I agree that we shouldn't definitively compare the estimated output numbers outside of this thread to compare subs. If you're comparing subs to determine which sub has more output and a certain frequency, then the only way to do that is to have a consistent test methodology done by the same tester in the same test environment using the same test equipment; this equals Josh and databass.com.
BUT, if you want to get a general idea of how your HT room compares to other HT rooms, you do not need to be that exact with the output. As shown above, a 6db range only affects the ULF Star rating by a half a star. The ULF scoring and categories are fairly resilient to these types of ranges. Said a different way, the categories aren't that sensitive to fairly significant db swings when you factor in room, logarithmic comparisons, and the category spread.
I think most would agree that we could get within a 6db range of the true max output of a sub by using other similar subs' data, displacement/TS params, and sub design. Not perfect by any means as many have pointed out, but for the purposes of this thread it doesn't have to be; it ultimately results in being accurate to within a 1/2 star in the majority of cases.
At the end of the day the ULF Star rating will give you an idea what kind of HT ULF experience you have compared to other members here.
I agree that we shouldn't definitively compare the estimated output numbers outside of this thread to compare subs. If you're comparing subs to determine which sub has more output and a certain frequency, then the only way to do that is to have a consistent test methodology done by the same tester in the same test environment using the same test equipment; this equals Josh and databass.com.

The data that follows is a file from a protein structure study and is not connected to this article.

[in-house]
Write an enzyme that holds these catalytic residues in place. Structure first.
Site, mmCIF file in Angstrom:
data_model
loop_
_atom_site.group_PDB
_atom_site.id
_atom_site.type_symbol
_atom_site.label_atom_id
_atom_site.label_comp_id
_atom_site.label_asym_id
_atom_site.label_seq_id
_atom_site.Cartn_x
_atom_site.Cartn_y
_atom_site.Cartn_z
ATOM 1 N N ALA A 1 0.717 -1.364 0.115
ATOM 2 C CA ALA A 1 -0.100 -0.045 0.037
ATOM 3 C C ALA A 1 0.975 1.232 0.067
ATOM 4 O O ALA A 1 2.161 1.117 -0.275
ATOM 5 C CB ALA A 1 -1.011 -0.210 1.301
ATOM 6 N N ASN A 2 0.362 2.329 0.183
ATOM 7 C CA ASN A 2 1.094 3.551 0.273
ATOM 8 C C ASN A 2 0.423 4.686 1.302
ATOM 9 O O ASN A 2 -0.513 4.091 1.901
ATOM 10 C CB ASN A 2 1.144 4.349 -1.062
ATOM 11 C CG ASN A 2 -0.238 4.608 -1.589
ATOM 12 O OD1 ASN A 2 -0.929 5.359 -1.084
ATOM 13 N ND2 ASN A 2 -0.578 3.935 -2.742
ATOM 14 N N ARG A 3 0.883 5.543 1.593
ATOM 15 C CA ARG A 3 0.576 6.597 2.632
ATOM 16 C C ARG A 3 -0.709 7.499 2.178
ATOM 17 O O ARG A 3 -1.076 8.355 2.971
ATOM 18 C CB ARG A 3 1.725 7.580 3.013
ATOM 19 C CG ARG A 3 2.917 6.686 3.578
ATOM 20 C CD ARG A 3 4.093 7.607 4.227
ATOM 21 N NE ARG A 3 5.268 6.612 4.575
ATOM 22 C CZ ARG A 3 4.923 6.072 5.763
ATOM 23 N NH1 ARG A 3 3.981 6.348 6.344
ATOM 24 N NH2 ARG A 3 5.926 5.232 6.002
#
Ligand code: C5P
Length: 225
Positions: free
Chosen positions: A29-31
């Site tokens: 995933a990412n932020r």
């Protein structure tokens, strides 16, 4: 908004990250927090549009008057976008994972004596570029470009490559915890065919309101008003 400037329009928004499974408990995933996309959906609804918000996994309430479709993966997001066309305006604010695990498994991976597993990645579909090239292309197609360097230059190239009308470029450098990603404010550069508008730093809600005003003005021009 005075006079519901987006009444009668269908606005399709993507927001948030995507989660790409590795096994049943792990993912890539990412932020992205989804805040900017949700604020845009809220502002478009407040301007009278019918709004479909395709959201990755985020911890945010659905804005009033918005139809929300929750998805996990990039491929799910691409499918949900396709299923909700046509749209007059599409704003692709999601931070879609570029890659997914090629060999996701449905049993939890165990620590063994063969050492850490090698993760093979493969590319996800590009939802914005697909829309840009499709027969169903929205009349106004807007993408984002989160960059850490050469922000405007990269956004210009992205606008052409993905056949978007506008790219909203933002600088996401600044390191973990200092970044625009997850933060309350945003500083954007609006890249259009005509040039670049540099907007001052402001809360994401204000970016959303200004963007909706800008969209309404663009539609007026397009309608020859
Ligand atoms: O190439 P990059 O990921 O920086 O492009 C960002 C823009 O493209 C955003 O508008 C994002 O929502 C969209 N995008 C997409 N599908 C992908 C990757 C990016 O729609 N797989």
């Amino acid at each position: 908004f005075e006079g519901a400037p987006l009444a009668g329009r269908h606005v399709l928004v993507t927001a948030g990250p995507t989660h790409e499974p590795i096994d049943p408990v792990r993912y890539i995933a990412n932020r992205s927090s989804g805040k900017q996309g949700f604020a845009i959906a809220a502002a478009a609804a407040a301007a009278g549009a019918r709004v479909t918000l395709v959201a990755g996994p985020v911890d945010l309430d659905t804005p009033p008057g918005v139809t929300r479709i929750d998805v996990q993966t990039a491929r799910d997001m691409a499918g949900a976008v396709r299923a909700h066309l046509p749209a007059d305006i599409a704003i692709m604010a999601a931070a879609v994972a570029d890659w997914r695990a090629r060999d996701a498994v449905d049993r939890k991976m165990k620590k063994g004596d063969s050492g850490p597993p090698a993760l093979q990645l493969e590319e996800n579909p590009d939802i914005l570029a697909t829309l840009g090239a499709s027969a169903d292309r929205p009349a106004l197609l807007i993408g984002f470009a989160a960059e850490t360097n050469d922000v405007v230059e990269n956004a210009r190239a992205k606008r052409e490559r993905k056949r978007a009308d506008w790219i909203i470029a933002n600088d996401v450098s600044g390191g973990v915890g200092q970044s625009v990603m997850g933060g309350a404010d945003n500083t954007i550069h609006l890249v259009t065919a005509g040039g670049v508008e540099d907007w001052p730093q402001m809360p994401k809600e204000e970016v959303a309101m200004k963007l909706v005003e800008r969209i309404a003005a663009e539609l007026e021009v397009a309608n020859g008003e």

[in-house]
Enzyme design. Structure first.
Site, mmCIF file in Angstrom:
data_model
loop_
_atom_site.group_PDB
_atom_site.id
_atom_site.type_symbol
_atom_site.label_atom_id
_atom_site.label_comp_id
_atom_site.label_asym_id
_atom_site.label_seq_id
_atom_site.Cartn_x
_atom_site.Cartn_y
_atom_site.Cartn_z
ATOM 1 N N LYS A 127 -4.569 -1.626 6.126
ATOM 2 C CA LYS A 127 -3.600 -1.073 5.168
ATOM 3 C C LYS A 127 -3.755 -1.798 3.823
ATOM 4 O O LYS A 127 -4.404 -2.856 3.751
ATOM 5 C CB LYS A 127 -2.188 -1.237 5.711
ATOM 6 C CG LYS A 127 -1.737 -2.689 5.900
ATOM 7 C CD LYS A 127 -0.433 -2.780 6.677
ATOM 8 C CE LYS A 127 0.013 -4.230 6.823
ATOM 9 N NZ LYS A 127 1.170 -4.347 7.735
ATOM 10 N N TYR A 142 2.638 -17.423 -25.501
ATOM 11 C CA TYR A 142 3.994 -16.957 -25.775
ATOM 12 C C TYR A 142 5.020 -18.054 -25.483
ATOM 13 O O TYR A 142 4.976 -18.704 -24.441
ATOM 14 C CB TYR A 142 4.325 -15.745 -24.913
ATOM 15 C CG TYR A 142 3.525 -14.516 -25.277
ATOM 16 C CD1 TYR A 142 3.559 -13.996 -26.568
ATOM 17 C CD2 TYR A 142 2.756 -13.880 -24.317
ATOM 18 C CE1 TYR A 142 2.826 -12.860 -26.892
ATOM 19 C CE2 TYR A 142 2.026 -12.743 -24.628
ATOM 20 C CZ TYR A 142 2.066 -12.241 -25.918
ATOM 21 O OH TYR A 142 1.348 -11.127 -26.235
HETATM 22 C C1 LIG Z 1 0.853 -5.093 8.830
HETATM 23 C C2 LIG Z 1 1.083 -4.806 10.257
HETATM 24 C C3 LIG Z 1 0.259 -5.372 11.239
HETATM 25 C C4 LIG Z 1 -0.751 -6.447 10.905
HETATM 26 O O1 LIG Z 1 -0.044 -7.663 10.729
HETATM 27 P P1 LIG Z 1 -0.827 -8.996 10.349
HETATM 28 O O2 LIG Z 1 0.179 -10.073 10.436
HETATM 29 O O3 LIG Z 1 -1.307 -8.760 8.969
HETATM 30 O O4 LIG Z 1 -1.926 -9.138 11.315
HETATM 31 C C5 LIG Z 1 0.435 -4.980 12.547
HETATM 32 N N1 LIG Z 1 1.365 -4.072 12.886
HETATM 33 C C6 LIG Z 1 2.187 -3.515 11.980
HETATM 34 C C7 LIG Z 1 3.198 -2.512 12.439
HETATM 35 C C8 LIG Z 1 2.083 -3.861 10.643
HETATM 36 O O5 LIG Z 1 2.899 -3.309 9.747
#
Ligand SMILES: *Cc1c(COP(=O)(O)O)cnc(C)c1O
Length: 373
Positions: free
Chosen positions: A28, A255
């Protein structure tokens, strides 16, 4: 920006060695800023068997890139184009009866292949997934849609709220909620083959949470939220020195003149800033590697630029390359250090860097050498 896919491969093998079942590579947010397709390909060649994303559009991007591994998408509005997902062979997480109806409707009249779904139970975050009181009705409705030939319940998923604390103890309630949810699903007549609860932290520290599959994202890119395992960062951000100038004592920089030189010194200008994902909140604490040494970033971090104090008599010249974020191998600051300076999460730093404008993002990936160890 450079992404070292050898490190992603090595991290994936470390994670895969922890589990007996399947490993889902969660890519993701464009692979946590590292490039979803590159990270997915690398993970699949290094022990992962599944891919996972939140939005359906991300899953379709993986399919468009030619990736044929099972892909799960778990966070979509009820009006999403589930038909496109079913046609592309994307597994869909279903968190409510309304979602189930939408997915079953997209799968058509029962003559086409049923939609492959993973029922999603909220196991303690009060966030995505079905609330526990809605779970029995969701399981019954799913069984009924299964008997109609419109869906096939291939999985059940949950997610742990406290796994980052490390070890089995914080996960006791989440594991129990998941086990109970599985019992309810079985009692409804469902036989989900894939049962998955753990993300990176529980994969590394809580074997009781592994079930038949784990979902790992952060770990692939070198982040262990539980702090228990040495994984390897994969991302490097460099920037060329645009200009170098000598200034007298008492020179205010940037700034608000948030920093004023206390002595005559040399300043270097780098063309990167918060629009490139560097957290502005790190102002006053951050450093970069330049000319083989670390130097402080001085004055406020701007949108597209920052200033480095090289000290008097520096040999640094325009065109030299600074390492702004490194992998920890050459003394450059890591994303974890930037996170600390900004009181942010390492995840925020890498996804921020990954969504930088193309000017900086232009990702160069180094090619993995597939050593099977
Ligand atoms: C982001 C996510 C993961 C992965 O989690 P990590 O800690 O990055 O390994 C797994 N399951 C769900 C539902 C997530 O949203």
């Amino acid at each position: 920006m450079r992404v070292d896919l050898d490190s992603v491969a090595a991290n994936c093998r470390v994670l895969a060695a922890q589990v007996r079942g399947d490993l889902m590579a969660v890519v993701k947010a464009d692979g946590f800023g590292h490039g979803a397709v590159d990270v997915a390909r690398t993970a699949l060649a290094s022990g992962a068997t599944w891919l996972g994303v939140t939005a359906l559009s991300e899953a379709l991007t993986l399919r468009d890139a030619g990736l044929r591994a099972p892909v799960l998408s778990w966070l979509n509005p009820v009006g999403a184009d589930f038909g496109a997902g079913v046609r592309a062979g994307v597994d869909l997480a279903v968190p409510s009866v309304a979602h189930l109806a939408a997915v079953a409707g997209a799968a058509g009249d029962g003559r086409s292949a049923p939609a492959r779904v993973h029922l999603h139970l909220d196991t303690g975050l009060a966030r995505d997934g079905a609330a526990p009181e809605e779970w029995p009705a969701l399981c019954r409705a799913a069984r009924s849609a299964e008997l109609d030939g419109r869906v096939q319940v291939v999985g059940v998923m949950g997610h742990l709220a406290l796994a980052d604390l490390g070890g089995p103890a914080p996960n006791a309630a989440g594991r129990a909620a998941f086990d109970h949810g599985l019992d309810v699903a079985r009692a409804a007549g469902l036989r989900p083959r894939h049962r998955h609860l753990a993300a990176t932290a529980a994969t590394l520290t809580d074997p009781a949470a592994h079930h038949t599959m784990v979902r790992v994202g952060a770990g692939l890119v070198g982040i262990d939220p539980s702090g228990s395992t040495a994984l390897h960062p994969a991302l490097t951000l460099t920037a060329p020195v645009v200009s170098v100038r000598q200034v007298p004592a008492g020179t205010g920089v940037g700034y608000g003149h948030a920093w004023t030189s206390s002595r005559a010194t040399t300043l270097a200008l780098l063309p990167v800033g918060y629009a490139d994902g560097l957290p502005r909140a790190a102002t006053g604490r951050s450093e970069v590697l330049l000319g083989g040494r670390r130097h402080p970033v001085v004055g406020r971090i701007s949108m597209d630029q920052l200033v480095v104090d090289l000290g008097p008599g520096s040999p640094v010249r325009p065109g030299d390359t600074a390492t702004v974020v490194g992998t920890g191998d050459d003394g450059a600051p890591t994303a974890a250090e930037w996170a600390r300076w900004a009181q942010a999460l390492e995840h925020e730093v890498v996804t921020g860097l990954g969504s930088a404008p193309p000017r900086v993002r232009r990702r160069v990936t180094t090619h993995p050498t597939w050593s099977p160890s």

BUT, if you want to get a general idea of how your HT room compares to other HT rooms, you do not need to be that exact with the output. As shown above, a 6db range only affects the ULF Star rating by a half a star. The ULF scoring and categories are fairly resilient to these types of ranges. Said a different way, the categories aren't that sensitive to fairly significant db swings when you factor in room, logarithmic comparisons, and the category spread.
I think most would agree that we could get within a 6db range of the true max output of a sub by using other similar subs' data, displacement/TS params, and sub design. Not perfect by any means as many have pointed out, but for the purposes of this thread it doesn't have to be; it ultimately results in being accurate to within a 1/2 star in the majority of cases.
At the end of the day the ULF Star rating will give you an idea what kind of HT ULF experience you have compared to other members here.
I have come here to chew bubblegum and kick ass...and I'm all out of bubblegum .
My System
That is basically all I was looking for. But I am assuming that you would need some sort of max out put. There is no way I could even try to test that in my small rooms and the info I do have is NOT from my room but it does show max out put. Now, not with me, but at work, I do have the original SubMersive displacement numbers. If you were to use to calculate that on the subs you have, then I would be able to compare it myself that way. But I don't know how many subs that are listed have displacement numbers. Thanks again for trying . But displacement is the only way I would be able to compare my bass system with others here. Besides FR charts which I have.
Actually, displacement is still not accurate by itself, as you have different designs like ported, horn, etc. They would have lower displacement, but higher output at tune. Like I said, the best measurement is testing by josh, but until then, estimating is all we have. Fortunately IMO, a scoring system like this can get us pretty close.